# Total Josephson current through junction with magnetic field

• Mr_Allod
In summary, the integral is over the area where ##x## and ##z## range from ##0## to ##d_x## and ##y## ranges from ##-d_y/2## to ##d_y/2##.
Mr_Allod
Homework Statement
Show that the total Josephson current though a Josephson Junction is:
$$d_xd_yj_0 \frac {\phi_0}{2\pi \phi} \left[ \cos(\psi_0) - \cos(\psi_0 + \frac{2\pi \phi}{\phi_0}) \right]$$
Relevant Equations
Total flux through the junction: ##\phi = Bd_xd_y##
Current density at position x: ##J(x) = j_0\sin(\psi_0 + \frac{2\pi x}{\phi_0}Bd_y)##
Hello there,

I am given a diagram of a Josephson Junction like so:

With a magnetic field ##B = \mu_oH## in the z-direction. I'm reasonably sure ##d_x,d_y,d_z## are normal lengths, not infinitesimal lengths although that is up for debate. Using the above equations I rearrange the expression for J(x) to be in terms of ##\phi## and compute the following integral:

$$\int_{\frac {-d_x}{2}}^{\frac {d_x}{2}}\int_{\frac {-d_y}{2}}^{\frac {d_y}{2}} j_0\sin(\psi_0 + \frac{2\pi \phi}{\phi_0d_x}x)d_xd_y$$

This yielded:

$$d_xd_yj_0 \frac {\phi_0}{2\pi \phi} \left[ \cos(\psi_0 - \frac{\pi \phi}{\phi_0}) - \cos(\psi_0 + \frac{\pi \phi}{\phi_0}) \right]$$

Where ##\psi_0## is the phase difference at ##x=0##. This is not the same as the expression we were given in the problem but it is quite similar which makes me think I am on the right track. Is there something else I need to do with the expression we are given before integrating to find the total current?

Mr_Allod said:
$$\int_{\frac {-d_x}{2}}^{\frac {d_x}{2}}\int_{\frac {-d_y}{2}}^{\frac {d_y}{2}} j_0\sin(\psi_0 + \frac{2\pi \phi}{\phi_0d_x}x)d_xd_y$$

Shouldn't the integration be over ##x## and ##z## rather than ##x## and ##y##?

Maybe the origin of the coordinate system is such that ##x## ranges from ##0## to ##d_x## rather than from ##-d_x/2## to ##d_x/2## and ##z## ranges from ##0## to ##d_z## rather than from ##-d_z/2## to ##d_z/2##.

TSny said:
Shouldn't the integration be over ##x## and ##z## rather than ##x## and ##y##?

Maybe the origin of the coordinate system is such that ##x## ranges from ##0## to ##d_x## rather than from ##-d_x/2## to ##d_x/2## and ##z## ranges from ##0## to ##d_z## rather than from ##-d_z/2## to ##d_z/2##.
I think you're right on both counts. I suppose if I had paid more attention to the figure I would have realized I'm using the wrong origin. Integrating from ##0## to ##d_{x,z}## gives the right answer. With regards to the area of integration, I think I was just forcing the solution to be in line with the expression we're given and it's entirely possible there was a typo in it. It wouldn't be the first time.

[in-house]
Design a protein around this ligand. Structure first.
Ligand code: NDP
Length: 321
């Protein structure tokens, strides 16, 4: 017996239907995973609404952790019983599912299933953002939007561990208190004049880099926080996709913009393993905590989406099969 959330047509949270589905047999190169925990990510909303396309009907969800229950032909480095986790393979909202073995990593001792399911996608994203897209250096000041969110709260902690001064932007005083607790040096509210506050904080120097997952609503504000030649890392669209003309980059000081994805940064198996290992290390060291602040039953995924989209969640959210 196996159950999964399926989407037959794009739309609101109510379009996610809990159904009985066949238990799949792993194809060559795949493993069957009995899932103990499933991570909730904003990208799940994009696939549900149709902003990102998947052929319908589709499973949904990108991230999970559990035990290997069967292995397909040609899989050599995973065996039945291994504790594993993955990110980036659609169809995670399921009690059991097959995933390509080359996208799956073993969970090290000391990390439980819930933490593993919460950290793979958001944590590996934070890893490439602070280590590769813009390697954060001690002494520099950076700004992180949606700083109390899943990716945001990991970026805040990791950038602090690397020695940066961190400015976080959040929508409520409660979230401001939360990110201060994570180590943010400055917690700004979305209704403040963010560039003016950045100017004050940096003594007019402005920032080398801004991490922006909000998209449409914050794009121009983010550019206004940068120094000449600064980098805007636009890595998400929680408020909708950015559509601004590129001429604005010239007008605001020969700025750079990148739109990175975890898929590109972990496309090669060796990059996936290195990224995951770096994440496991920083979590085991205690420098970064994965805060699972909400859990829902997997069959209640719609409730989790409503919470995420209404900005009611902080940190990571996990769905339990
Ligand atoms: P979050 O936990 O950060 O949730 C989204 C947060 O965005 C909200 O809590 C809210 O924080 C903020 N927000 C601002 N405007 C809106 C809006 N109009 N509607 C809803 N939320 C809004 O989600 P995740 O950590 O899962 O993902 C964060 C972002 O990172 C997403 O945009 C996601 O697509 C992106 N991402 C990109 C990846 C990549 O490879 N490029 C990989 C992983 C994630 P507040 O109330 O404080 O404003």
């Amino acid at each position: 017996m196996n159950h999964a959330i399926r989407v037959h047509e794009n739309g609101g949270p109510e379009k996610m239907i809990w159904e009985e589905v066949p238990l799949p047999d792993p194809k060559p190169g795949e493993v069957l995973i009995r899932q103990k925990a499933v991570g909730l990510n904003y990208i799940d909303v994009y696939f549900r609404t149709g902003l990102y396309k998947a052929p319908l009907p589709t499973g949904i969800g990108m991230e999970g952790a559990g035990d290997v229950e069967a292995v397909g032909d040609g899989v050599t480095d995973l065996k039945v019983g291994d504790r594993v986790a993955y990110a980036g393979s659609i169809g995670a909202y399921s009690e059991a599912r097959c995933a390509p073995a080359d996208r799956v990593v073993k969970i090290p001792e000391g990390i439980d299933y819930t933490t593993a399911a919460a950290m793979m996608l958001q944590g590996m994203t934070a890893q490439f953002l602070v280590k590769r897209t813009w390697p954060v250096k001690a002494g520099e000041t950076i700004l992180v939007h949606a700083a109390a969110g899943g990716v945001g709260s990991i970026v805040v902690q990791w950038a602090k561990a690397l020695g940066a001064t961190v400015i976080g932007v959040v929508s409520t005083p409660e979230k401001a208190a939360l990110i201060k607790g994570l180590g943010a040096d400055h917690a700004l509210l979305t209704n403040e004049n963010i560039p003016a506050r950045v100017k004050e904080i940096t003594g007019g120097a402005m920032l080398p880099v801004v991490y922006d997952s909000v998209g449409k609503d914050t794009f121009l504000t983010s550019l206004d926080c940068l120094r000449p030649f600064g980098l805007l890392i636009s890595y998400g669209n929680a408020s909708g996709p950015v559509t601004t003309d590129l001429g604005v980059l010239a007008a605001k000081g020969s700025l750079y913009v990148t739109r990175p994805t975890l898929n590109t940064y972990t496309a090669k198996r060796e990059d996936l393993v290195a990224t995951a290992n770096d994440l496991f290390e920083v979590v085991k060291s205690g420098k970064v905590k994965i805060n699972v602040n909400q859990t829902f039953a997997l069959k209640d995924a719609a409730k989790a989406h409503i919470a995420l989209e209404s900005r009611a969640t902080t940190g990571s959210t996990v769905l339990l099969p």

TSny

## 1. What is the Josephson effect?

The Josephson effect is a phenomenon in which a supercurrent (a current of paired electrons) can flow through a weak link between two superconductors. It was first discovered in 1962 by Brian Josephson and has since been studied extensively in the field of superconductivity.

## 2. How does a magnetic field affect the Josephson current?

A magnetic field can cause a phase difference between the superconducting wavefunctions in the two superconductors, which in turn affects the Josephson current. The total Josephson current through a junction with a magnetic field depends on the strength and orientation of the magnetic field.

## 3. What is the critical current in a Josephson junction?

The critical current is the maximum current that can flow through a Josephson junction without causing a voltage drop. It is directly related to the superconducting gap energy and the strength of the coupling between the two superconductors in the junction.

## 4. How can the Josephson current be manipulated?

The Josephson current can be manipulated by changing the temperature, magnetic field, or voltage applied to the junction. It can also be controlled by varying the thickness or material of the weak link between the two superconductors.

## 5. What applications does the Josephson effect have?

The Josephson effect has many practical applications, including superconducting quantum interference devices (SQUIDs) used in sensitive magnetic field measurements, Josephson voltage standards for precise voltage measurements, and superconducting quantum computing. It also has potential uses in high-speed electronics and energy-efficient power transmission.

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